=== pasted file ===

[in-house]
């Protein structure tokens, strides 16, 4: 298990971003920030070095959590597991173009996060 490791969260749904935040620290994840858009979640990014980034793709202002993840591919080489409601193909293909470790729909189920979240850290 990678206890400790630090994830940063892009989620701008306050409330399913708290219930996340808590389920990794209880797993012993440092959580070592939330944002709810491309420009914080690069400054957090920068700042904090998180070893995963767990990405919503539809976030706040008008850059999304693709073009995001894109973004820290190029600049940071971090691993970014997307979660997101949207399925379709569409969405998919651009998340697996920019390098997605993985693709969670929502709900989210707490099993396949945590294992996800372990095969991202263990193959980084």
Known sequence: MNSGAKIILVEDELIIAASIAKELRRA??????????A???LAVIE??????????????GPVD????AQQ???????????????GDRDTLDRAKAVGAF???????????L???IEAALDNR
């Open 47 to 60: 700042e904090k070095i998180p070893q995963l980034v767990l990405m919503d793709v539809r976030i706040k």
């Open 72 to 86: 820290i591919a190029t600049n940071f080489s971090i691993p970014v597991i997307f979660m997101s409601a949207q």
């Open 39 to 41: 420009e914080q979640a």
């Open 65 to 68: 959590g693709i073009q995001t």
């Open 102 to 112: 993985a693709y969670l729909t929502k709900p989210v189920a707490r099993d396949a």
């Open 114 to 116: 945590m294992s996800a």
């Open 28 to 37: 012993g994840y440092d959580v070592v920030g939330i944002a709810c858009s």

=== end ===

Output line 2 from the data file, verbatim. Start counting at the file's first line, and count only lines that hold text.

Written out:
């Protein structure tokens, strides 16, 4: 298990971003920030070095959590597991173009996060 490791969260749904935040620290994840858009979640990014980034793709202002993840591919080489409601193909293909470790729909189920979240850290 990678206890400790630090994830940063892009989620701008306050409330399913708290219930996340808590389920990794209880797993012993440092959580070592939330944002709810491309420009914080690069400054957090920068700042904090998180070893995963767990990405919503539809976030706040008008850059999304693709073009995001894109973004820290190029600049940071971090691993970014997307979660997101949207399925379709569409969405998919651009998340697996920019390098997605993985693709969670929502709900989210707490099993396949945590294992996800372990095969991202263990193959980084």